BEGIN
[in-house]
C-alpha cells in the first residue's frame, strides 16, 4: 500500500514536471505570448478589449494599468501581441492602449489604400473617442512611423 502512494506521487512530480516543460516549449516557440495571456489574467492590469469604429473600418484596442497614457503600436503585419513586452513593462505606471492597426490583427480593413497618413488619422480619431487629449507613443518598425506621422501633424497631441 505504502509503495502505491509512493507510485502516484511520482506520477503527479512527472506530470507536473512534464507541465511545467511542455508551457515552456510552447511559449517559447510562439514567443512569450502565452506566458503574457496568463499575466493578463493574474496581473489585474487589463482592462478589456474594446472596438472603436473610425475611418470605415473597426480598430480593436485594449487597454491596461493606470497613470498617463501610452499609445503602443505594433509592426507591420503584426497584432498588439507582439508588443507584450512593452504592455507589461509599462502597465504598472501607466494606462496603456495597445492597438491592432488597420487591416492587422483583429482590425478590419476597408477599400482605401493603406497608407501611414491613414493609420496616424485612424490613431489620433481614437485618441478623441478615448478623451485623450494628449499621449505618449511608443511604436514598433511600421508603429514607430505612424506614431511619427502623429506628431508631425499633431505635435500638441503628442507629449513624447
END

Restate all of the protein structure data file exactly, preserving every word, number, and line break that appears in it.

[in-house]
C-alpha cells in the first residue's frame, strides 16, 4: 500500500514536471505570448478589449494599468501581441492602449489604400473617442512611423 502512494506521487512530480516543460516549449516557440495571456489574467492590469469604429473600418484596442497614457503600436503585419513586452513593462505606471492597426490583427480593413497618413488619422480619431487629449507613443518598425506621422501633424497631441 505504502509503495502505491509512493507510485502516484511520482506520477503527479512527472506530470507536473512534464507541465511545467511542455508551457515552456510552447511559449517559447510562439514567443512569450502565452506566458503574457496568463499575466493578463493574474496581473489585474487589463482592462478589456474594446472596438472603436473610425475611418470605415473597426480598430480593436485594449487597454491596461493606470497613470498617463501610452499609445503602443505594433509592426507591420503584426497584432498588439507582439508588443507584450512593452504592455507589461509599462502597465504598472501607466494606462496603456495597445492597438491592432488597420487591416492587422483583429482590425478590419476597408477599400482605401493603406497608407501611414491613414493609420496616424485612424490613431489620433481614437485618441478623441478615448478623451485623450494628449499621449505618449511608443511604436514598433511600421508603429514607430505612424506614431511619427502623429506628431508631425499633431505635435500638441503628442507629449513624447